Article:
Sending 'As'

by [Published on 2 Nov. 2006 / Last Updated on 2 Nov. 2006]

This article takes a look at methods for sending messages as another user, as well as distribution groups or public folders.

Introduction

I still see quite a few posts in the various newsgroups, forums and mailing lists that I participate in asking for clarification on how to send messages such that they appear to come from another user, distribution group or even a public folder. In particular, there is usually some confusion surrounding the difference between the Send As and Send on Behalf of permissions. Hopefully this article will clear a few things up.

The example that I usually like to use is one of a manager/assistant relationship, where the assistant has to send messages either directly as the manager, or on behalf of the manager. Let’s look at the first scenario where the assistant has to send messages directly as the manager.

Send As

Being able to send messages directly as the manager means that the recipient of the message will think that the manager has sent the message, even though it was actually the assistant that sent it. The key to achieving this process is the Send As permission. This is an Active Directory permission that is granted by the system administrator; it cannot be granted from within Outlook. To grant the Send As permission, the administrator needs to perform the following steps:

  1. Run the Active Directory Users and Computers snap-in.
  2. Click the View menu and then make sure that the Advanced Features option is selected. This will make sure you see the Security tab referenced later in step 4.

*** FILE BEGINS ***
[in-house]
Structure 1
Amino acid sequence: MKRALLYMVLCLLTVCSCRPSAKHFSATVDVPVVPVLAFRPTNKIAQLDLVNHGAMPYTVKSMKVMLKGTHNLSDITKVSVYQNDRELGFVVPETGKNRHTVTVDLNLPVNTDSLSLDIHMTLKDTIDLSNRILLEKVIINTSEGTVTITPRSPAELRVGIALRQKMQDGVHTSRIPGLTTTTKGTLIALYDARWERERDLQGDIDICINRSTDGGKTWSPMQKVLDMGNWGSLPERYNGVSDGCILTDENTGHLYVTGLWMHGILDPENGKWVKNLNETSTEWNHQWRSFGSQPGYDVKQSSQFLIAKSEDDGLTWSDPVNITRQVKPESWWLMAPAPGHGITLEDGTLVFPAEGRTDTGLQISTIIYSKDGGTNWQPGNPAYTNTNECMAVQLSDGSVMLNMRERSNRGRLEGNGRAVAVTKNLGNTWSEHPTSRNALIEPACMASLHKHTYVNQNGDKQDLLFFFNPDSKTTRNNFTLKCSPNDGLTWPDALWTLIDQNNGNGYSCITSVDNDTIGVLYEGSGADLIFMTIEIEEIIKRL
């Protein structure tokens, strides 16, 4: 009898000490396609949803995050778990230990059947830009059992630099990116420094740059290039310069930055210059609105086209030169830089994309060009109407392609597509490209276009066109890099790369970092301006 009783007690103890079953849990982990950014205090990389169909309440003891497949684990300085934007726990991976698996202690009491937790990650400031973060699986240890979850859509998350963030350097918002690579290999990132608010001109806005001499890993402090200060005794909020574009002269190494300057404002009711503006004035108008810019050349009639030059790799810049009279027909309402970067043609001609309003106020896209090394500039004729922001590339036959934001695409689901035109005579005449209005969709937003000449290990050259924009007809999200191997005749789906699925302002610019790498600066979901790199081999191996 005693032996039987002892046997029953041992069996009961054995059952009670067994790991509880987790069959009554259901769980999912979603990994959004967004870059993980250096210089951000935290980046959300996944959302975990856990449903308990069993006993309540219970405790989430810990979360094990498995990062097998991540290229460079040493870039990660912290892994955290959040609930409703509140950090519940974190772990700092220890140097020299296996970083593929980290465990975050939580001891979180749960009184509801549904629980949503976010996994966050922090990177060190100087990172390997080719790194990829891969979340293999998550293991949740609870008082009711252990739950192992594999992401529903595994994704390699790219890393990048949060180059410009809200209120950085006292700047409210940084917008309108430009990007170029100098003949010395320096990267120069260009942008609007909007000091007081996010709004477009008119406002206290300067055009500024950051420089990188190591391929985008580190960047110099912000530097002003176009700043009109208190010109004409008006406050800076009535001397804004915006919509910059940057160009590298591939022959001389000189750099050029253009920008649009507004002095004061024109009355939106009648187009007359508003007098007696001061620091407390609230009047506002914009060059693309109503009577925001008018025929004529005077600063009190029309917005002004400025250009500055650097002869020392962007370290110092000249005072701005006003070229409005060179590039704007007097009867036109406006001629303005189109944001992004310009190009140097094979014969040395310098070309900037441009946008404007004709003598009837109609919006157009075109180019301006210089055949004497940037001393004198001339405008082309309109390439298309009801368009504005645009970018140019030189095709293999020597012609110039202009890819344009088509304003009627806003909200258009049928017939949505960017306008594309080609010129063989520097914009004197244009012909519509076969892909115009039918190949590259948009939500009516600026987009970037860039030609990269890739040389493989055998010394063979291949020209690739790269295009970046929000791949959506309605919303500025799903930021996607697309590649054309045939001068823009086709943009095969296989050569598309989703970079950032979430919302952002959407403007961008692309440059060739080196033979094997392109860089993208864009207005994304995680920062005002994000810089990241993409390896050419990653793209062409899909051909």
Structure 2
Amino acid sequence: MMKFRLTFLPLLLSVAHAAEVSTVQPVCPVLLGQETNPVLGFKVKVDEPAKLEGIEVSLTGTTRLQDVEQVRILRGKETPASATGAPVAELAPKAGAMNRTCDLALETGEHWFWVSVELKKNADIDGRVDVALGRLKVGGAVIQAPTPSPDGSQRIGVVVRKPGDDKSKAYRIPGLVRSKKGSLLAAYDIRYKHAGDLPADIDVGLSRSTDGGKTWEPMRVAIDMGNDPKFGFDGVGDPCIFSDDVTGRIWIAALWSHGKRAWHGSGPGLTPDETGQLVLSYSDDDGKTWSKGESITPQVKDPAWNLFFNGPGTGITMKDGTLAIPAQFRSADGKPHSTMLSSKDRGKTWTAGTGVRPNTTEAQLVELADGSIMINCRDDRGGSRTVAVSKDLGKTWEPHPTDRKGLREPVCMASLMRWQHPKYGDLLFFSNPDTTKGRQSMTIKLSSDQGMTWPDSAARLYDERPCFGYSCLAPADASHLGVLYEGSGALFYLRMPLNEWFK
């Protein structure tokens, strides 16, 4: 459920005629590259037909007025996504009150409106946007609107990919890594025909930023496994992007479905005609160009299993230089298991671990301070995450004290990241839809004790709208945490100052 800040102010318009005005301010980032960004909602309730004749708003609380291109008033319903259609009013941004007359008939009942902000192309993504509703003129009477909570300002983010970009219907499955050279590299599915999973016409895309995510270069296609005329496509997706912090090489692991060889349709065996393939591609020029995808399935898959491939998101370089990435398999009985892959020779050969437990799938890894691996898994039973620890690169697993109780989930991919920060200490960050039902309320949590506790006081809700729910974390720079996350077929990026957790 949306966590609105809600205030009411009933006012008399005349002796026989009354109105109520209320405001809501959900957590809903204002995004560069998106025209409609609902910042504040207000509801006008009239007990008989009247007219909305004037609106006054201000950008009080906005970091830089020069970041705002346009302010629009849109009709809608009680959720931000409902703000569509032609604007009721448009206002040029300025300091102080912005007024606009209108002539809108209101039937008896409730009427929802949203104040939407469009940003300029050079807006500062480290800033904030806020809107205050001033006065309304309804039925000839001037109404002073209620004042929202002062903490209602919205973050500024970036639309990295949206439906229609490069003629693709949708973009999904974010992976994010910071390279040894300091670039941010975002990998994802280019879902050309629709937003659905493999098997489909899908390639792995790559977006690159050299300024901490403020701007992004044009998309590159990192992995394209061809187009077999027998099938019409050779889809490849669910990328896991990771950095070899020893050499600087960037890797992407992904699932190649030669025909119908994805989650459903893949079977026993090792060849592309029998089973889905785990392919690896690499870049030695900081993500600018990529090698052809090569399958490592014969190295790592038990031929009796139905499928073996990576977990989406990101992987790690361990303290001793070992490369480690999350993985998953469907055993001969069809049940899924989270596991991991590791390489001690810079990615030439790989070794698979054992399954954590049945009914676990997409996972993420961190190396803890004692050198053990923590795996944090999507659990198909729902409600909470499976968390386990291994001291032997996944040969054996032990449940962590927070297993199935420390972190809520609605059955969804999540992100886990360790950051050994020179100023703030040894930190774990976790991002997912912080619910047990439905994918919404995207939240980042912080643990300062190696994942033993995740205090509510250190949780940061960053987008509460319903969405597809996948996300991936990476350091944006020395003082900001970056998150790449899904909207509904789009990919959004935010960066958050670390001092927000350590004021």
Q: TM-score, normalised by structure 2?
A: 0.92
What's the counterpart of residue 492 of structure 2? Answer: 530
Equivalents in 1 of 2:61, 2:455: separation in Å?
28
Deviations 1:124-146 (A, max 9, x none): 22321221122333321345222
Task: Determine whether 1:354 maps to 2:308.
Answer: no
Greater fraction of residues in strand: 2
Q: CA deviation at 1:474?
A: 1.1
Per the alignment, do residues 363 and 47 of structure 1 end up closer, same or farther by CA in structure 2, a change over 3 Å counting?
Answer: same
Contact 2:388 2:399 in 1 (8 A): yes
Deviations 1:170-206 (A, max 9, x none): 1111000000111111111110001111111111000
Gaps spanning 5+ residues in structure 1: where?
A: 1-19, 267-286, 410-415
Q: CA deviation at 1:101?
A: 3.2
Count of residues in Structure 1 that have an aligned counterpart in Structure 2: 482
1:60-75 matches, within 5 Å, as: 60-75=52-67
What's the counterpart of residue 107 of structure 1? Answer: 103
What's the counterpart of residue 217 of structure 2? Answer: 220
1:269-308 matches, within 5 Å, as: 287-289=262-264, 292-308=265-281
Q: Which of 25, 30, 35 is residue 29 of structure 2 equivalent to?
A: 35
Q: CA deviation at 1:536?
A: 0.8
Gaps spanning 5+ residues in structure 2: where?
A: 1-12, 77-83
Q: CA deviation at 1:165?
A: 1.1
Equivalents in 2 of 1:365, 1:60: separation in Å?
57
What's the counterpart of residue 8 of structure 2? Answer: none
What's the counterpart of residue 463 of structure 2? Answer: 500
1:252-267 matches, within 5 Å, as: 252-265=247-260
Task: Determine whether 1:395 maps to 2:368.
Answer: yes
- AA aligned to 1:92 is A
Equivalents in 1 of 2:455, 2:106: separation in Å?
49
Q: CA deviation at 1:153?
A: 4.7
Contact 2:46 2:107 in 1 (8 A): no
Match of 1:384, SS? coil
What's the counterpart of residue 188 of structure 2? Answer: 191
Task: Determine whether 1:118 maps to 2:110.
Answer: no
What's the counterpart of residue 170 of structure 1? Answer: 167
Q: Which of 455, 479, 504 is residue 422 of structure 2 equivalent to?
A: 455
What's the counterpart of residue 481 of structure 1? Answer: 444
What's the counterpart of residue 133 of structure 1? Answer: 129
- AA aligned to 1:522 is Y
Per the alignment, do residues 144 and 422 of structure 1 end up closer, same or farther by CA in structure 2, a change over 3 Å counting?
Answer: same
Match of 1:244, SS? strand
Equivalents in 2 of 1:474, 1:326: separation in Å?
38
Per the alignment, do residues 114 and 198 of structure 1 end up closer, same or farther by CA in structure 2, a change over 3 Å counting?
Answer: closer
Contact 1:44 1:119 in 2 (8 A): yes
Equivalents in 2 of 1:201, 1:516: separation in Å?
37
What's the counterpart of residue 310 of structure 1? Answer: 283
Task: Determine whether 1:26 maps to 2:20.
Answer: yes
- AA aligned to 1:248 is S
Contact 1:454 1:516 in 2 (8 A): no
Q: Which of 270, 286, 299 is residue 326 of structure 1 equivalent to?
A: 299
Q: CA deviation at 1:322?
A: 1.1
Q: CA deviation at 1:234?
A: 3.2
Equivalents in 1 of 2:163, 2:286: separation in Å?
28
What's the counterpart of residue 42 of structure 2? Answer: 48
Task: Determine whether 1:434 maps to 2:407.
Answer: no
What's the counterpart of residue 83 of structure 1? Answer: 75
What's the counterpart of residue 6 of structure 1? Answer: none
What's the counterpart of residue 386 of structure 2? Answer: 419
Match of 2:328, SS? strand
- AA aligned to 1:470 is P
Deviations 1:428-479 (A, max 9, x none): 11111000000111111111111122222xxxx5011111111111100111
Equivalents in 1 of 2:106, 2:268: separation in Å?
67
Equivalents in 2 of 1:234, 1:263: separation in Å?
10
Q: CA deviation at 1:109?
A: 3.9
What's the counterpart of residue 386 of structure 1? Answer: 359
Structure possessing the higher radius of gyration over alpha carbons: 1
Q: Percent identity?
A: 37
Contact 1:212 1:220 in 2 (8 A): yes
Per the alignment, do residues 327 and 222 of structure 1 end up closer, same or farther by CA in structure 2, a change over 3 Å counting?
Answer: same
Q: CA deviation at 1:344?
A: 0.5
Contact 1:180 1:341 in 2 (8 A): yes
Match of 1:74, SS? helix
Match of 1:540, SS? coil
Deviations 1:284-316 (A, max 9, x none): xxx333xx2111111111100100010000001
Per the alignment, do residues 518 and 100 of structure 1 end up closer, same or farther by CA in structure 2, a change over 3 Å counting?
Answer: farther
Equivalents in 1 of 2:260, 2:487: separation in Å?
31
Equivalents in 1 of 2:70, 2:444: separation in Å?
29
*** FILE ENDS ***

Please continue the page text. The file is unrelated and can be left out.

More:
3. Locate the relevant user account, in this case the manager’s user account, and bring up its properties.
  4. Go to the Security tab and click the Add button.
  5. Add in the assistant’s account that you’d like to send as the manager and make sure that you grant the assistant’s account the Send As right. This is shown in Figure 1.


Figure 1: Granting Send As Rights

Making these changes will allow the assistant to use the From field in Outlook and choose the manager’s mailbox as the sending mailbox. This is shown below in Figure 2. If you don’t see the From field when composing a new message in Outlook, click the View / From Field option in the new message window. This applies to Outlook 2003. For Outlook 2007 (beta 2 for this article), you’ll find the Show From button on the Options tab of the ribbon.


Figure 2: Using Outlook’s From Field

However, it’s important to note that it can take a while, possibly up to two hours, for the permissions changes to take effect which has proved to be the source of much frustration amongst Exchange administrators. Once the permissions changes have been made and the Outlook From field completed, it’s quite common for the assistant to receive a non-delivery report just after sending the message. These non delivery reports will look like the sample one shown below in Figure 3: